The Church and the Sacraments, The Time of the Reformation, Views on the Church, Formal Principle (contiuned)

In our preceding article, appraising that form of Rationalism which is known as Deistical Rationalism, we observed, in the first place, that it is surely contrary to the teachings of the Word of God. And, in the second place, we also pointed out that this presentation is contrary to all that which is taught us by history. However, this is not all. 

In the third place, we also wish to remark that Scripture alone directs us to the only way out of our present misery and shame and death. Why criticize the Word of the living God when one is utterly helpless to furnish relief and point the way out? Why reject the Word of God when one cannot put anything in its place? The Word of the living God alone is a lamp before our feet and a light upon our path to lead man to life and glory. This lies surely in the nature of the case. How could the mind of man possibly serve to lead him to life and peace? How could man’s reason possibly lead the way out of misery and the abyss of his shame and corruption and death into life and immortality? How can man who is from below lead mankind to the things that are above? Is it reasonable or rational to assume the possibility of this? Can any mortal who cannot save himself from death lead mankind to life and peace, through death and the grave, and beyond the grave into the land of eternal life and heavenly immortality? Do not the Scriptures obviously declare the truth when they teach that “to us have been -revealed the things that could never arise within the heart or mind of man”? The proud and abominably conceited rationalist rejects the Biblical revelation in the Scriptures, but he himself can only plunge mankind and himself into greater shame and debauchery and destruction. Indeed, his attitude toward the Word is surely not reasonable or logical, but purely spiritual. He rejects the Scriptures not because he cannot understand or comprehend them, but only because, hating God, he also hates the Word of God. His heart and mind are dead in sins and trespasses, and his entire attitude is simply one of hatred and enmity against the living God.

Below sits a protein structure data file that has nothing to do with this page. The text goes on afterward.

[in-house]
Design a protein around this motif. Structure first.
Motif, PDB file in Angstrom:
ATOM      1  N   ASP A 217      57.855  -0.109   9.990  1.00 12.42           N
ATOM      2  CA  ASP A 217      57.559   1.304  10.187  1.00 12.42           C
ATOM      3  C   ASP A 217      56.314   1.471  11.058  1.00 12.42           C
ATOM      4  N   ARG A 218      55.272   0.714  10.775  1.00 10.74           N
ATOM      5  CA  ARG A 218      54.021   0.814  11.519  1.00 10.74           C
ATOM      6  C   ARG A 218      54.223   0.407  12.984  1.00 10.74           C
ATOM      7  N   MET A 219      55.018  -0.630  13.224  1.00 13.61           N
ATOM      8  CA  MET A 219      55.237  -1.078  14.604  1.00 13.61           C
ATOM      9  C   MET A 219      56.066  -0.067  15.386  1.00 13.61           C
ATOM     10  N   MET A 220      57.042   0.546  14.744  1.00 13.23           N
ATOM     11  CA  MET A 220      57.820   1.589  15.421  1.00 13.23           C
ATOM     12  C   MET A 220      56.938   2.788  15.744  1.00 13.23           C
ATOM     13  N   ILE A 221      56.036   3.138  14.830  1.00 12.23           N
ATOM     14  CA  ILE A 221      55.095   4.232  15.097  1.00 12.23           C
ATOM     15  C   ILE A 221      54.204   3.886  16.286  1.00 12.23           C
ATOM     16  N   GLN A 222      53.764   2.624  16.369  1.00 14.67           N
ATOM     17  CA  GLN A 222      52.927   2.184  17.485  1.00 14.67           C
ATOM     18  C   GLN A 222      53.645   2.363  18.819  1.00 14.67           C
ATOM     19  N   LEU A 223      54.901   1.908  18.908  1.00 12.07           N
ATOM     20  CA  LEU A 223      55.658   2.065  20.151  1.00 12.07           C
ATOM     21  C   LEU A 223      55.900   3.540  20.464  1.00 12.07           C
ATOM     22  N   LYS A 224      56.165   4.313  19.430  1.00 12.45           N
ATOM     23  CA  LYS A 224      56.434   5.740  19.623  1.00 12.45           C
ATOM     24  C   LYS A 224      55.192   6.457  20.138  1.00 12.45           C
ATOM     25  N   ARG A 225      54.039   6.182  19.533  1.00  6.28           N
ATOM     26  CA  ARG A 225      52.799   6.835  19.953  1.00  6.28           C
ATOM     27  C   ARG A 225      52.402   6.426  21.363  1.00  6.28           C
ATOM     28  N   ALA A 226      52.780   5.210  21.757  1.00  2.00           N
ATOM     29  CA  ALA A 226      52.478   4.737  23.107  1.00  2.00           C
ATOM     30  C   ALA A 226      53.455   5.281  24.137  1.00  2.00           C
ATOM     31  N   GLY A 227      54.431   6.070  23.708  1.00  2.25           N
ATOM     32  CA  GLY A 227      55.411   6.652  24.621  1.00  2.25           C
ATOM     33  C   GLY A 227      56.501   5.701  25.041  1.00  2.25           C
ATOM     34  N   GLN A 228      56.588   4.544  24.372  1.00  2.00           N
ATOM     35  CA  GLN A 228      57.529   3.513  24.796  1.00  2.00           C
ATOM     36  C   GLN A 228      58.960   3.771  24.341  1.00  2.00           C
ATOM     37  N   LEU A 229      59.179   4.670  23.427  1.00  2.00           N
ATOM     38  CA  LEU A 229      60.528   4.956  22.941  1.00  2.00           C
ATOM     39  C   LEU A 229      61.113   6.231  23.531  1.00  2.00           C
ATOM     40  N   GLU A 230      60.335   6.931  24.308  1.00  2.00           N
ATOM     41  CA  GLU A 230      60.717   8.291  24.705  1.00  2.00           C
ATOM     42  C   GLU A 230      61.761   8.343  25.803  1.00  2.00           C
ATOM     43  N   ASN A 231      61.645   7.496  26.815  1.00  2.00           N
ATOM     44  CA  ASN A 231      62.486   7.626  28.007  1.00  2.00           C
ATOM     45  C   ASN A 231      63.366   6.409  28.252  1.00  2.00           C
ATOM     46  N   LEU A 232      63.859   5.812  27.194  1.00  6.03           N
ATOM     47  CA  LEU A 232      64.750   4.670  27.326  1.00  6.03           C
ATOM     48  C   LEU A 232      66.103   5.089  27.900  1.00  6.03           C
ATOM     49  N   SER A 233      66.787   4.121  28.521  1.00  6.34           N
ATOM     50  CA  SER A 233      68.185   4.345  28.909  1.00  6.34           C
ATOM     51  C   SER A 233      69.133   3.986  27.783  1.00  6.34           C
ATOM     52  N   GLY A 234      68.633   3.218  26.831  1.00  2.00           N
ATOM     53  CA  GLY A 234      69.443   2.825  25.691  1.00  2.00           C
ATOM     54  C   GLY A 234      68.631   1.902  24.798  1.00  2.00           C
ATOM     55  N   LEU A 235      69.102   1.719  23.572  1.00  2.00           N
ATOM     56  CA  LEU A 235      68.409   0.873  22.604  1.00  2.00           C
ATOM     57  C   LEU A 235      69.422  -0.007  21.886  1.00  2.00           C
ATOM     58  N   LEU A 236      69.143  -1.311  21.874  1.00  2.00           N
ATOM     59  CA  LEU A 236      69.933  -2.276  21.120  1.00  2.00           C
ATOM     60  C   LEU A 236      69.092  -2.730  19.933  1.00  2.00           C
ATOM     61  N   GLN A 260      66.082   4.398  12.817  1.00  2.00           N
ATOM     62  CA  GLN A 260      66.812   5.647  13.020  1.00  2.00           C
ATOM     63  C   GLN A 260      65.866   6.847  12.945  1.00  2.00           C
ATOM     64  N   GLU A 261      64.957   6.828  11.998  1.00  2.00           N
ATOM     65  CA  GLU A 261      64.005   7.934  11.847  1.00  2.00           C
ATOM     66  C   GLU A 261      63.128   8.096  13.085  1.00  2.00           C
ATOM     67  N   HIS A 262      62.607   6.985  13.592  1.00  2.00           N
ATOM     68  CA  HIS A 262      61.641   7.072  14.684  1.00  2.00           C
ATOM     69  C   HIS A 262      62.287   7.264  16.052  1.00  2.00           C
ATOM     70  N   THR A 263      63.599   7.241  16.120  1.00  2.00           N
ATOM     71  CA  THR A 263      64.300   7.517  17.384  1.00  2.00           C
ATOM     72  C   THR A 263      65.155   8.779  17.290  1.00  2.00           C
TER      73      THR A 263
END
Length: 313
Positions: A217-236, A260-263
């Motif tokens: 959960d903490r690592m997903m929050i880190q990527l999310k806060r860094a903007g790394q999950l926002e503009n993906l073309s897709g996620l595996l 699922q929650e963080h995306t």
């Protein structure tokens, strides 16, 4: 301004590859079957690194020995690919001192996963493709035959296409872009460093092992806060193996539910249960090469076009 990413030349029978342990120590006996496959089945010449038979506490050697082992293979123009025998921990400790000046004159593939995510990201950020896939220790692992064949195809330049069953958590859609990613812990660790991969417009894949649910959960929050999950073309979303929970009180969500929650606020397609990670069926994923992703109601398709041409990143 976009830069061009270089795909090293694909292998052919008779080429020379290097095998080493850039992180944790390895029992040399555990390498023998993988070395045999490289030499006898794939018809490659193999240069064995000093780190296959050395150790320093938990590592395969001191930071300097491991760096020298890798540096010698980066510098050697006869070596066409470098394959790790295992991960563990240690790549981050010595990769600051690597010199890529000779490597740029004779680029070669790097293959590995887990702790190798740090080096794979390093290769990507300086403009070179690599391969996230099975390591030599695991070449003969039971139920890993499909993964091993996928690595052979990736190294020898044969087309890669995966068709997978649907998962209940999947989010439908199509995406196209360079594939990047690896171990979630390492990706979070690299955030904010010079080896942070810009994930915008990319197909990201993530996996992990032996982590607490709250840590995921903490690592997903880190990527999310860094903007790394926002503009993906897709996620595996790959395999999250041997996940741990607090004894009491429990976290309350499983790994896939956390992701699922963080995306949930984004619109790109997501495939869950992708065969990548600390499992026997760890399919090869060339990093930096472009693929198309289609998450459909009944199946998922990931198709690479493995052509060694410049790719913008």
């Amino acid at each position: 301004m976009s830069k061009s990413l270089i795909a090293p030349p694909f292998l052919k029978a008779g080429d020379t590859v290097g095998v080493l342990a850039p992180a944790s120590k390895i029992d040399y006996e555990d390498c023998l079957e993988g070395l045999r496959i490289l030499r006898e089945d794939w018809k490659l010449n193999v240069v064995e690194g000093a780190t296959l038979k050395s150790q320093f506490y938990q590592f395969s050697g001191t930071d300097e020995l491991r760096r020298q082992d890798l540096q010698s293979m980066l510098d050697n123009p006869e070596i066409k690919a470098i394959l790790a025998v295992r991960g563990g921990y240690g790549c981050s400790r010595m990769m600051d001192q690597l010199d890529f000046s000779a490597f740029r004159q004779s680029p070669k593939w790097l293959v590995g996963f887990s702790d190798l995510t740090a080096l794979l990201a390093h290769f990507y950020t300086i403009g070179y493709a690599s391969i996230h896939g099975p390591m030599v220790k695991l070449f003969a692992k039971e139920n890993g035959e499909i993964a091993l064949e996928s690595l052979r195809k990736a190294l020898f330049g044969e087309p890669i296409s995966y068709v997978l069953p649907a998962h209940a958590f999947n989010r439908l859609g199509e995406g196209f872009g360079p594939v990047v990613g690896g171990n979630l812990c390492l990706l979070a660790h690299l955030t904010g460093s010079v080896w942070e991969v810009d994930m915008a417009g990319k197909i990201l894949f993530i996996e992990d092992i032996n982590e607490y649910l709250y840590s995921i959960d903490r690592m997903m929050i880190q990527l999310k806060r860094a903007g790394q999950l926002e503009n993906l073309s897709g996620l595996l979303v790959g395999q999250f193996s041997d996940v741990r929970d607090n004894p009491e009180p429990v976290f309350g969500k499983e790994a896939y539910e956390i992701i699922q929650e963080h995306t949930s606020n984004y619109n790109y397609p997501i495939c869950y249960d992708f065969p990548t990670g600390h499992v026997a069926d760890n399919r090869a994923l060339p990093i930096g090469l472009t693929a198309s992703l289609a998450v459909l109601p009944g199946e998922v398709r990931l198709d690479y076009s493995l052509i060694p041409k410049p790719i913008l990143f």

Until now we have called attention to that form of Rationalism which is known as Deistical Rationalism. This form of Rationalism denies Divine revelation.